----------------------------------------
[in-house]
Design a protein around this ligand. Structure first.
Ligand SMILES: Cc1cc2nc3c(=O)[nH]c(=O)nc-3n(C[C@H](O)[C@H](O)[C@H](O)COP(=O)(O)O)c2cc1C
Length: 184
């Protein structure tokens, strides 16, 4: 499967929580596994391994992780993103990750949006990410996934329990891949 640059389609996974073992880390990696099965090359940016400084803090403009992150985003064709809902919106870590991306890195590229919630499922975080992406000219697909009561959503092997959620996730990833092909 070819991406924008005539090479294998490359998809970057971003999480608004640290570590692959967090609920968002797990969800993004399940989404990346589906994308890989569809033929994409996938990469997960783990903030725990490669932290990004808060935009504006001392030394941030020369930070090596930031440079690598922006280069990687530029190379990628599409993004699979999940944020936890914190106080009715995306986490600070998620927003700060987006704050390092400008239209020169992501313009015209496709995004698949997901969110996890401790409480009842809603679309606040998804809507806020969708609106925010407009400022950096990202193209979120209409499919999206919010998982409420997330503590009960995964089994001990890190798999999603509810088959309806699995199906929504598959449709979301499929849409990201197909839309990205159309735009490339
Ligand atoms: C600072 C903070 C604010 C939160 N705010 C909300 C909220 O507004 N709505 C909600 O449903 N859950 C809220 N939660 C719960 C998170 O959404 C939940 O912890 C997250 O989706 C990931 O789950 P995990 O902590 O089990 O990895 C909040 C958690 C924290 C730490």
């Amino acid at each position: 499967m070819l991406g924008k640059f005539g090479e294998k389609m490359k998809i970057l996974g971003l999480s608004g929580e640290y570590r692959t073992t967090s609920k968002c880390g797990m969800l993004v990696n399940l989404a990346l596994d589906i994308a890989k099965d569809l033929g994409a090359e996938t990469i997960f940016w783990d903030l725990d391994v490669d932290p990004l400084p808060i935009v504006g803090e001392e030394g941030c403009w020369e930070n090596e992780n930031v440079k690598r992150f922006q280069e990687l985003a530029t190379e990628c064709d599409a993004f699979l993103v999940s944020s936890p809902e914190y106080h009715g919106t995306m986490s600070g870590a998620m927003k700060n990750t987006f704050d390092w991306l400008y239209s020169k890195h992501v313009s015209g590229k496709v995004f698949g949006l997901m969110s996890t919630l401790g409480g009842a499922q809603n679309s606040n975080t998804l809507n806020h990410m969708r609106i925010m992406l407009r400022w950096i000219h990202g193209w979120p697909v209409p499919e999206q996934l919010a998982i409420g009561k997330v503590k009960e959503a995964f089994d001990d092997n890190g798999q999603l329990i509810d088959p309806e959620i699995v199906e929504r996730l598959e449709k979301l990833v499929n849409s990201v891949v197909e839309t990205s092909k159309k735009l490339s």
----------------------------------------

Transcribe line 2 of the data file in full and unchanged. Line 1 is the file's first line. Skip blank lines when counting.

Design a protein around this ligand. Structure first.